*UPDATE MARCH 11TH* cases are all over now unfortunately, and keep rising every day.
What is is known, is that Italy has tested MANY of people for coronavirus – over 60,000 tests were performed since the beginning of the outbreak.
To give you an idea, only 460 people had been tested in the US as of Feb 29th – the number of tests performed were since removed from the CDC website, and the US came under criticism for inadequate testing.
It is very hard to make predictions as to what will happen with coronavirus, in Italy and elsewhere – how long the cases will keep increasing for, and at what rate. Not much is known about the virus, and researchers are working round the clock to find a cure or a vaccine – but this will take months.
*Update March 5th*
All schools in Italy are closed until March 15th. Sport competitions (including Serie A football matches) will happen behind closed doors for a month. Gyms, theatres and cinemas remain open elsewhere in Italy, but access will be limited to prevent overcrowding.
*Update March 7th*
Milan, the whole of Lombardy and 14 other provinces (Modena, Parma, Piacenza, Reggio Emilia, Rimini, Pesaro e Urbino, Venezia, Padova, Treviso, Novara, Asti e Alessandria, Verbano-Cusio-Ossola, Vercelli) have been placed under quarantine/lockdown until April 3rd.
People are advised to remain indoors as much as possible. You can only travel outside of your hometown for health and/or work reasons. If stopped, you have to present a form self-certifying the reasons of your visit.
Museums, theatres, swimming pools, gyms, spas, clubs, and churches remain closed. Shops are currently open and public transport is working, but this is likely to change soon.
*Update March 9th*
The lockdown was extended to the whole of Italy, until April 3rd. DO NOT TRAVEL TO ITALY. If you are here, please stay indoors and contact your Embassy.
Cases keep rising day after day, and intensive care units are full throughout Northern Italy.
Since cases are on the rise in other countries as well, and the virus is spreading incredibly quickly, please reconsider your travel plans until this is over. Even if your country or the country you’re planning to visit have little/no cases.
*Update March 11th*
Stricter measures were implemented all over Italy. Restaurants are only open for delivery and take away, bars and cafés are closed, and most shops are closed as well.
Pharmacies, supermarkets and food stores remain open, but access is limited and there are often long queues outside.
People are still asked to stay indoors. You can only leave your home for work, necessities (getting food/medicine) or health reasons.
The Coronavirus Reality in Milan (March 4th – Before Lockdown)
Let’s move onto discussing what I can indeed talk about – life in Milan at the time of coronavirus.
Despite the closures mentioned above, life in Milan goes on largely as normal. The only places in lockdown/quarantine are those in the ‘red zone’ south of Milan, and the one town in Veneto.
Milan and Venice are not under lockdown, and they are not controlled by military police. People are free to come and go as they please.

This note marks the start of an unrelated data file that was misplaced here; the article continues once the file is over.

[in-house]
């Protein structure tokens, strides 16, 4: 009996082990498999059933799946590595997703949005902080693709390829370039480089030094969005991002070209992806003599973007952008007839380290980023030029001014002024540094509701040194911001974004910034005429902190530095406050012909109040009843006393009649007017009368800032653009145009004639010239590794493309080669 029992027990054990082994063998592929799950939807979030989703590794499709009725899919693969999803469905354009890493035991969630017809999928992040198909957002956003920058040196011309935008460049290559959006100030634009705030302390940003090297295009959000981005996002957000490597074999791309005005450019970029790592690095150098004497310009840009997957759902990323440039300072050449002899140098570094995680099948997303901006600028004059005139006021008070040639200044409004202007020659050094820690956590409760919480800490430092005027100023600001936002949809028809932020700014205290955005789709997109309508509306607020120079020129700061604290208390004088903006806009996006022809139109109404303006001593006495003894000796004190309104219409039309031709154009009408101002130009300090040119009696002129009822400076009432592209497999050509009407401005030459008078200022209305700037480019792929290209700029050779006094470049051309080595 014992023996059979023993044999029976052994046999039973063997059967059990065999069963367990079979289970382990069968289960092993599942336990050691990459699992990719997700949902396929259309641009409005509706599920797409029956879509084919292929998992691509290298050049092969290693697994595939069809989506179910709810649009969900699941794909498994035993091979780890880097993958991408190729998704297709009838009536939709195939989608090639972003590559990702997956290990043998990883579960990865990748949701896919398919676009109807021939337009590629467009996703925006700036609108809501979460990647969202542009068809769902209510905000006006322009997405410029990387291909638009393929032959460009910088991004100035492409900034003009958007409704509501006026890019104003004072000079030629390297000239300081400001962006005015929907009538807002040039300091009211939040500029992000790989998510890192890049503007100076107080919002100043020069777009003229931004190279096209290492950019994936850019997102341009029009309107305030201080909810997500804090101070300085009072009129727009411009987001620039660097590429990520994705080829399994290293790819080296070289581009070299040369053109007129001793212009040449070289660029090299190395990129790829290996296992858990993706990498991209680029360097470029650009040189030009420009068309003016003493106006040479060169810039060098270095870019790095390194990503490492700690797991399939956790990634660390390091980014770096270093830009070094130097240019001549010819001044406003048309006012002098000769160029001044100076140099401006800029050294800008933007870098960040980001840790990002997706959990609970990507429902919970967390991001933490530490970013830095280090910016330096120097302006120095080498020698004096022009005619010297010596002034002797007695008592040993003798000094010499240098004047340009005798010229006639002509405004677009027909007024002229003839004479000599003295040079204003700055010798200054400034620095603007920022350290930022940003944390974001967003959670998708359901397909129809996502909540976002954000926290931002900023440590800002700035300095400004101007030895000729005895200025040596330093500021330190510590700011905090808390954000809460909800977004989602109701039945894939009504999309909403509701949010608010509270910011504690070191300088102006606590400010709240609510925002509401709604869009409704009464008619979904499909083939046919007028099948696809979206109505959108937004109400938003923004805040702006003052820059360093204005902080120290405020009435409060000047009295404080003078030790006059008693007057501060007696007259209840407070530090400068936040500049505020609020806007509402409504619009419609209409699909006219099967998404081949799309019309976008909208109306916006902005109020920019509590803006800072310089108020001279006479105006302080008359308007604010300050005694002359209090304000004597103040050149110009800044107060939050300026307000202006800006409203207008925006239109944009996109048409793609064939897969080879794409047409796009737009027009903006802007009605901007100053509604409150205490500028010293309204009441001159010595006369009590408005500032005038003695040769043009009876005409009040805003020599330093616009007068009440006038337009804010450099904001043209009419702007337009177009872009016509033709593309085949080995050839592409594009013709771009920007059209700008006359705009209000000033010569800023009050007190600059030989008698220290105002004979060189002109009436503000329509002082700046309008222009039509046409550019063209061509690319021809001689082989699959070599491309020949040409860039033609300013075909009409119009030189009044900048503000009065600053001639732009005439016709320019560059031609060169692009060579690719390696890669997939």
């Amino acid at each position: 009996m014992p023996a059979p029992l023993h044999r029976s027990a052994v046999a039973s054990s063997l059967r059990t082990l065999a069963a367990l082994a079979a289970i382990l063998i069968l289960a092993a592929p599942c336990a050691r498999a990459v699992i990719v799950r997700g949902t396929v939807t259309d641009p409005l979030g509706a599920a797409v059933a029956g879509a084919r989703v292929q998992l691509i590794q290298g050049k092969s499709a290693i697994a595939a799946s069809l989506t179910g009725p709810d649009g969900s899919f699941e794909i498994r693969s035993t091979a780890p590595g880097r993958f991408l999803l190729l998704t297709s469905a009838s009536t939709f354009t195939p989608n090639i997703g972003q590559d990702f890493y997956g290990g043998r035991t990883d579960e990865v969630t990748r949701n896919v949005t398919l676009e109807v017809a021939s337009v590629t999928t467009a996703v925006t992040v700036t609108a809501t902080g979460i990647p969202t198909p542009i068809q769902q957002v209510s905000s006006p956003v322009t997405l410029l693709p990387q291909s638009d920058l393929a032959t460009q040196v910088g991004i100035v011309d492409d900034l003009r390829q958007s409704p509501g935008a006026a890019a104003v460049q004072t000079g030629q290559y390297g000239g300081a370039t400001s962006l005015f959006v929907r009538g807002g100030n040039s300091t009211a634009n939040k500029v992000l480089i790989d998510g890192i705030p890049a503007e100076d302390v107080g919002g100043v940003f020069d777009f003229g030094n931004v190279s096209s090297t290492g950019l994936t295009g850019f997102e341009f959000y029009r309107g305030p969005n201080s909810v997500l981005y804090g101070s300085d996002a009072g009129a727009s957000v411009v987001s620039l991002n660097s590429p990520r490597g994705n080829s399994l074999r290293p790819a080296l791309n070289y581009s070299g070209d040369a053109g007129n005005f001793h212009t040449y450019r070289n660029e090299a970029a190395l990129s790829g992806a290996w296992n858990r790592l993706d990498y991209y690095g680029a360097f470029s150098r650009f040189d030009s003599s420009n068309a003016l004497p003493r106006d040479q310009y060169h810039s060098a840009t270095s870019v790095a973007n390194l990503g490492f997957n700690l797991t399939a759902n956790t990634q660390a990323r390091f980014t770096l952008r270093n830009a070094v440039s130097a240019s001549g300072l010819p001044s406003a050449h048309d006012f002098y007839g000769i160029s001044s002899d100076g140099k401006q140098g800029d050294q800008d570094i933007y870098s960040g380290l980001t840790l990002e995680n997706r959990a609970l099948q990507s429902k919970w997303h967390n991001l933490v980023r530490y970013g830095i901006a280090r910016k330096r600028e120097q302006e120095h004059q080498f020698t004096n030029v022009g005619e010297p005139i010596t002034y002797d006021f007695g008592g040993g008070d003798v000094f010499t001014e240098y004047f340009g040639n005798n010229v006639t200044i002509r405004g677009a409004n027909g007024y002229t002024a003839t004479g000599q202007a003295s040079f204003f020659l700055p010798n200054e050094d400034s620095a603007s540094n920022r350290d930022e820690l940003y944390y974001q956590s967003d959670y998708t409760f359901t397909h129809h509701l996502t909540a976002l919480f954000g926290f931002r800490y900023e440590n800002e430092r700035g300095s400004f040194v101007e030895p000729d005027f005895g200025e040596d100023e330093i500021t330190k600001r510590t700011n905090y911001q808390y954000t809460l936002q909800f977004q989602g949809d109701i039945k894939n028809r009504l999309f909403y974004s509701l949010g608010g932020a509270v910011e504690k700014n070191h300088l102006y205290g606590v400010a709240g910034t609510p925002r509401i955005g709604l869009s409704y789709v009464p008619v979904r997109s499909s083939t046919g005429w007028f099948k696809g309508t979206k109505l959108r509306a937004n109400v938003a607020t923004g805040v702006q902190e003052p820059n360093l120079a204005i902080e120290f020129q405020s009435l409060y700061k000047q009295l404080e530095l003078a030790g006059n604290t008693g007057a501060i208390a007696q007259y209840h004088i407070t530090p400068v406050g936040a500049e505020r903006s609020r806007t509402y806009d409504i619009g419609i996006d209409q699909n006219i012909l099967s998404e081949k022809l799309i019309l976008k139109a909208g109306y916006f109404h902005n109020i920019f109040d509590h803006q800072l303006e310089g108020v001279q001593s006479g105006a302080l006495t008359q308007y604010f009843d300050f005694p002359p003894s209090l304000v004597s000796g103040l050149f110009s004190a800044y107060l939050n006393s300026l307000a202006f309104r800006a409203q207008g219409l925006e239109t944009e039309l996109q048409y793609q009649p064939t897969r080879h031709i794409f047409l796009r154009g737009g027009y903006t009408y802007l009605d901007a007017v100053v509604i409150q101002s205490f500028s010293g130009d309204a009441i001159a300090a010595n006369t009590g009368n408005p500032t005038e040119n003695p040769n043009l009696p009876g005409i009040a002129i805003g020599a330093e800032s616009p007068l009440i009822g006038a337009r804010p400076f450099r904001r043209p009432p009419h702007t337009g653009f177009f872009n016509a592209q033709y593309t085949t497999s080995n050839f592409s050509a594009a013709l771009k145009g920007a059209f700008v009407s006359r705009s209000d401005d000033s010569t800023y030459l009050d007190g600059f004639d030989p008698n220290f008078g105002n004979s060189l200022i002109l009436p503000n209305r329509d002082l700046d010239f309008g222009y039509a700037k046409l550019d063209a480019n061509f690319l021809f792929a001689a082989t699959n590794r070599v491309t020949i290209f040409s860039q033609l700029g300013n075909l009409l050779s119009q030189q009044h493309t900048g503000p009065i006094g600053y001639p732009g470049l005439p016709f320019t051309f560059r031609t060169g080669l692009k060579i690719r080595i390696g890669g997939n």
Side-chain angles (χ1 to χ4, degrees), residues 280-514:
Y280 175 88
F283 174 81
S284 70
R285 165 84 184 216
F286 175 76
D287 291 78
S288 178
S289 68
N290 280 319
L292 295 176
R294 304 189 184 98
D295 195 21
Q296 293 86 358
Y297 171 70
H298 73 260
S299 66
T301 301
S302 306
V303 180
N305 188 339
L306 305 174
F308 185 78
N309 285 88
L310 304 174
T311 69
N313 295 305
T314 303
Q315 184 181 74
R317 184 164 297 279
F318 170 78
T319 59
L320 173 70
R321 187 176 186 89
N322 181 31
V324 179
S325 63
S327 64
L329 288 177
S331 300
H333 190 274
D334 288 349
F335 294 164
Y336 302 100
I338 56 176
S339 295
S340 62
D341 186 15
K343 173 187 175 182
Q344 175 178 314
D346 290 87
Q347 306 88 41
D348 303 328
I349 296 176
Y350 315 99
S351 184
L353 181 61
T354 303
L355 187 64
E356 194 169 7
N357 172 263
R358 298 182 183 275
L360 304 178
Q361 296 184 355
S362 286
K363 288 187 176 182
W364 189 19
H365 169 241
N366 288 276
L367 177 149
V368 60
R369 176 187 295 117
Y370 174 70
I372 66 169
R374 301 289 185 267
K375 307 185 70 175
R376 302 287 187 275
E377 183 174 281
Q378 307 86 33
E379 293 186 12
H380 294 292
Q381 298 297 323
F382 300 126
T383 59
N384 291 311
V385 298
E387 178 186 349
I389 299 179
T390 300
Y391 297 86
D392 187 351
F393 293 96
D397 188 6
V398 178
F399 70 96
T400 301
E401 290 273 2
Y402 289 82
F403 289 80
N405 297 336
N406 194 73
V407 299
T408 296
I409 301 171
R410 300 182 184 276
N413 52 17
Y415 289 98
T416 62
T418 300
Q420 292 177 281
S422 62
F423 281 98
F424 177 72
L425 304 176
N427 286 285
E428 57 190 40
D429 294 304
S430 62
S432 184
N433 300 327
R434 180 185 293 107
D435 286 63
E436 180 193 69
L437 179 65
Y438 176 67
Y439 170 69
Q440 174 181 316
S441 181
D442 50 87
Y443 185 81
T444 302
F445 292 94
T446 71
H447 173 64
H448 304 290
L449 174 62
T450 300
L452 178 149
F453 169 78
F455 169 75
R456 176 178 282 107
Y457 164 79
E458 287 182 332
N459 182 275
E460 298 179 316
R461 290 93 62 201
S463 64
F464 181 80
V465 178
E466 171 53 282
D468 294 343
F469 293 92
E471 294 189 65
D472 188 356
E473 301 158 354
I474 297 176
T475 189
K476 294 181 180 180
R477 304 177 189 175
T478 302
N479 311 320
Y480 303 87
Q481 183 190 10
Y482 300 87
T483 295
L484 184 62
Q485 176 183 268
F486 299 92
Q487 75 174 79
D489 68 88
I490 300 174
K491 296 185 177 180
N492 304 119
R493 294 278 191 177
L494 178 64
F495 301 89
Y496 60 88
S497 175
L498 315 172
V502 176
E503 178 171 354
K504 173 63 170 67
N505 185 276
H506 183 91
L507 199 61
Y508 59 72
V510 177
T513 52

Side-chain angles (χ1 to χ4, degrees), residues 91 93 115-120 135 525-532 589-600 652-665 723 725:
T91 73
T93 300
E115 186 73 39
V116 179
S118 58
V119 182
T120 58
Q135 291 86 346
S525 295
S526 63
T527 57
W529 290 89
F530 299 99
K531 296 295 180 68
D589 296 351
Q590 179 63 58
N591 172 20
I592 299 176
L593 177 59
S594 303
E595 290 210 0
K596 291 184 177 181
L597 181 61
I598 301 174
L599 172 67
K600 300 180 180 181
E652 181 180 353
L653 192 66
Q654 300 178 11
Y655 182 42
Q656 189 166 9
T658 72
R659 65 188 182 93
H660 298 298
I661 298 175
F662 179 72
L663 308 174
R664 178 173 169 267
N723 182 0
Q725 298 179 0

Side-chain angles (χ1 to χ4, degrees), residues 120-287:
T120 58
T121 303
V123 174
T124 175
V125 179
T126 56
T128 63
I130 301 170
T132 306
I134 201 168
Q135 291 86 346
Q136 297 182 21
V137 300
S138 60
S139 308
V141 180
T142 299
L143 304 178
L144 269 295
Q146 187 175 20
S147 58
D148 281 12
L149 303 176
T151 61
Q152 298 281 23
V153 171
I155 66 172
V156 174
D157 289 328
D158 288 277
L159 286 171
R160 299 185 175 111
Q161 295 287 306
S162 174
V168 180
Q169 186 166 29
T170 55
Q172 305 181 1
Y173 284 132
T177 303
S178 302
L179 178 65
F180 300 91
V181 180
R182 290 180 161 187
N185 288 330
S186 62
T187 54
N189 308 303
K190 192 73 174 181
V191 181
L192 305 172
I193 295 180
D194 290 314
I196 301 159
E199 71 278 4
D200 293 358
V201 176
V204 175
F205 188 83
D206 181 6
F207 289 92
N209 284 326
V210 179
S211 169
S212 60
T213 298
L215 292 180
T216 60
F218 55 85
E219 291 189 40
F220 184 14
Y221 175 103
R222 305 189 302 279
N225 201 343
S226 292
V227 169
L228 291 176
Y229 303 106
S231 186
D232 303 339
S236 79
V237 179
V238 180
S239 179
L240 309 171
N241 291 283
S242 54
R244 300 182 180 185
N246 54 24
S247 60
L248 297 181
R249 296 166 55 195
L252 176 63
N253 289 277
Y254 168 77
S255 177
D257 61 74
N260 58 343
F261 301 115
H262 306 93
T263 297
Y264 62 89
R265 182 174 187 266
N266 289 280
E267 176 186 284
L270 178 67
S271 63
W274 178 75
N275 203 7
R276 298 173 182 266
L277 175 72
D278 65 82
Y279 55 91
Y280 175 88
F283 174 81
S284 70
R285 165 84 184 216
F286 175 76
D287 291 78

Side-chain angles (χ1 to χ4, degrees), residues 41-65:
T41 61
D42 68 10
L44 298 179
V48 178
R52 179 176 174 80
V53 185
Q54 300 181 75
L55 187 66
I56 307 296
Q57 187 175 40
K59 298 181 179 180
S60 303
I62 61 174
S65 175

The city is far less busy than usual – partly because schools and universities are closed, and people have been encouraged from their employers to work from home. Public transport is almost empty – it feels as if we were in August, when people leave the city for summer holidays.
Shops in the city centre are all open. Bars and restaurants are also open. Cinemas and theatres are closed, including the famous La Scala. However, after closing for a few days last week, museums and attractions are now open – including the Duomo and Last Supper.
Supermarkets haven’t run out of food, and we are not starving. Hand sanitiser and face masks are indeed hard to come by, but this is true almost all over the world.
The only place where you’ll find checks are Milan’s three airports. All arriving passengers are checked with a temperature gun, and those with a temperature above 37.8°C have to undergo further testing.
Coronavirus in Milan During Lockdown
**March 16th Update**
Since this post was first written, the situation in Milan and Lombardy deteriorated very quickly. In less than a week, new coronavirus cases and new deaths have doubled – as of March 10th, there were 10,149 cases and 631 deaths.
And then, as of March 15th, cases in Lombardy had risen dramatically to 13272, with 1218 victims.
The main issue of this outbreak is the strain on the healthcare system. About 5 per cent of people infected with coronavirus experience respiratory complications, requiring intensive care and the aid of ventilators to survive. These people remain in ICU not for one or two days, but for ONE OR TWO WEEKS.
Less than a week from the start of the coronavirus epidemic, ICU were full. Coronavirus patients in intensive care went from 166 to 877 in ONE WEEK.
The Lombardy regional government (healthcare in Italy is managed on a regional basis) started doing whatever they could to set up new ICU beds. Other departments in hospitals were turned into ICU in the blink of an eye – 350 new beds were created in less than a week.
Currently, hospitals that were recently closed are being opened again to fit more people are cases continue to grow. On top of that, doctors and nurses are falling ill, exhausted by never ending shifts and the stress of dealing with this emergency.
The only thing we can do, as individuals, is staying at home. Lockdown measures in place only allow people to leave their home for work or health reasons, to buy food, to walk their dogs, or to go help a sick relative. Public gatherings are absolutely forbidden.